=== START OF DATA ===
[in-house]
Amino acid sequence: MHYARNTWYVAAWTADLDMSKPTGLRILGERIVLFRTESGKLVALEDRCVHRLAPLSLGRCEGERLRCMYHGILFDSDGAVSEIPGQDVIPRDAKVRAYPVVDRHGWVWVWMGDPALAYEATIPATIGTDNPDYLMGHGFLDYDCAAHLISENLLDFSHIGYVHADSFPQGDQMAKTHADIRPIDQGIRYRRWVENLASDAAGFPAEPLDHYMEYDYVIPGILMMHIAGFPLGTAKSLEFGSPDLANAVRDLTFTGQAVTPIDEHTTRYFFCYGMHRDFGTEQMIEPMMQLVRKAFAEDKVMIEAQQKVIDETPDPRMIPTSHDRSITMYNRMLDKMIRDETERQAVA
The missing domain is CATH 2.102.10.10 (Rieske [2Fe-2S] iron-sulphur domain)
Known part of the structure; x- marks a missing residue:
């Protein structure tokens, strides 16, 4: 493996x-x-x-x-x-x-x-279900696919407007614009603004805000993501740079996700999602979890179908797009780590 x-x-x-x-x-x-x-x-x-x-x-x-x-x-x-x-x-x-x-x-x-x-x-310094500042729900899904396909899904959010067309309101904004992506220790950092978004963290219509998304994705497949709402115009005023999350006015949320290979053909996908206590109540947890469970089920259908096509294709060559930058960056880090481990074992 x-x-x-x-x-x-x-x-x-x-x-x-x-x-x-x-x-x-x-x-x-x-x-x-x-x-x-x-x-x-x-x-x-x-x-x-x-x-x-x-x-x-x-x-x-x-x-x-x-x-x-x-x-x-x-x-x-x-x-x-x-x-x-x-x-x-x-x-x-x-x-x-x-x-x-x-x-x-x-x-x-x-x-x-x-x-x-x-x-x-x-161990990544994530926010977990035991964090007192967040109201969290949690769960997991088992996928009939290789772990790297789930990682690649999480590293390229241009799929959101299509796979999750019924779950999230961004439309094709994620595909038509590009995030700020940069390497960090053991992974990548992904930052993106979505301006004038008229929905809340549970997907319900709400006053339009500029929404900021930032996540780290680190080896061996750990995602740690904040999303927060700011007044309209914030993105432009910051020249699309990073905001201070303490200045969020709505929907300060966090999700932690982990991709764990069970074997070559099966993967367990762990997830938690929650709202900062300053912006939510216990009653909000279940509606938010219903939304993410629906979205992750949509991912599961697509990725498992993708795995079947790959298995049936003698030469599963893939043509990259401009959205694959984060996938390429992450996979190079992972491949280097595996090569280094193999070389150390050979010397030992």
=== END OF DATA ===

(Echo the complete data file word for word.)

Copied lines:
[in-house]
Amino acid sequence: MHYARNTWYVAAWTADLDMSKPTGLRILGERIVLFRTESGKLVALEDRCVHRLAPLSLGRCEGERLRCMYHGILFDSDGAVSEIPGQDVIPRDAKVRAYPVVDRHGWVWVWMGDPALAYEATIPATIGTDNPDYLMGHGFLDYDCAAHLISENLLDFSHIGYVHADSFPQGDQMAKTHADIRPIDQGIRYRRWVENLASDAAGFPAEPLDHYMEYDYVIPGILMMHIAGFPLGTAKSLEFGSPDLANAVRDLTFTGQAVTPIDEHTTRYFFCYGMHRDFGTEQMIEPMMQLVRKAFAEDKVMIEAQQKVIDETPDPRMIPTSHDRSITMYNRMLDKMIRDETERQAVA
The missing domain is CATH 2.102.10.10 (Rieske [2Fe-2S] iron-sulphur domain)
Known part of the structure; x- marks a missing residue:
């Protein structure tokens, strides 16, 4: 493996x-x-x-x-x-x-x-279900696919407007614009603004805000993501740079996700999602979890179908797009780590 x-x-x-x-x-x-x-x-x-x-x-x-x-x-x-x-x-x-x-x-x-x-x-310094500042729900899904396909899904959010067309309101904004992506220790950092978004963290219509998304994705497949709402115009005023999350006015949320290979053909996908206590109540947890469970089920259908096509294709060559930058960056880090481990074992 x-x-x-x-x-x-x-x-x-x-x-x-x-x-x-x-x-x-x-x-x-x-x-x-x-x-x-x-x-x-x-x-x-x-x-x-x-x-x-x-x-x-x-x-x-x-x-x-x-x-x-x-x-x-x-x-x-x-x-x-x-x-x-x-x-x-x-x-x-x-x-x-x-x-x-x-x-x-x-x-x-x-x-x-x-x-x-x-x-x-x-161990990544994530926010977990035991964090007192967040109201969290949690769960997991088992996928009939290789772990790297789930990682690649999480590293390229241009799929959101299509796979999750019924779950999230961004439309094709994620595909038509590009995030700020940069390497960090053991992974990548992904930052993106979505301006004038008229929905809340549970997907319900709400006053339009500029929404900021930032996540780290680190080896061996750990995602740690904040999303927060700011007044309209914030993105432009910051020249699309990073905001201070303490200045969020709505929907300060966090999700932690982990991709764990069970074997070559099966993967367990762990997830938690929650709202900062300053912006939510216990009653909000279940509606938010219903939304993410629906979205992750949509991912599961697509990725498992993708795995079947790959298995049936003698030469599963893939043509990259401009959205694959984060996938390429992450996979190079992972491949280097595996090569280094193999070389150390050979010397030992």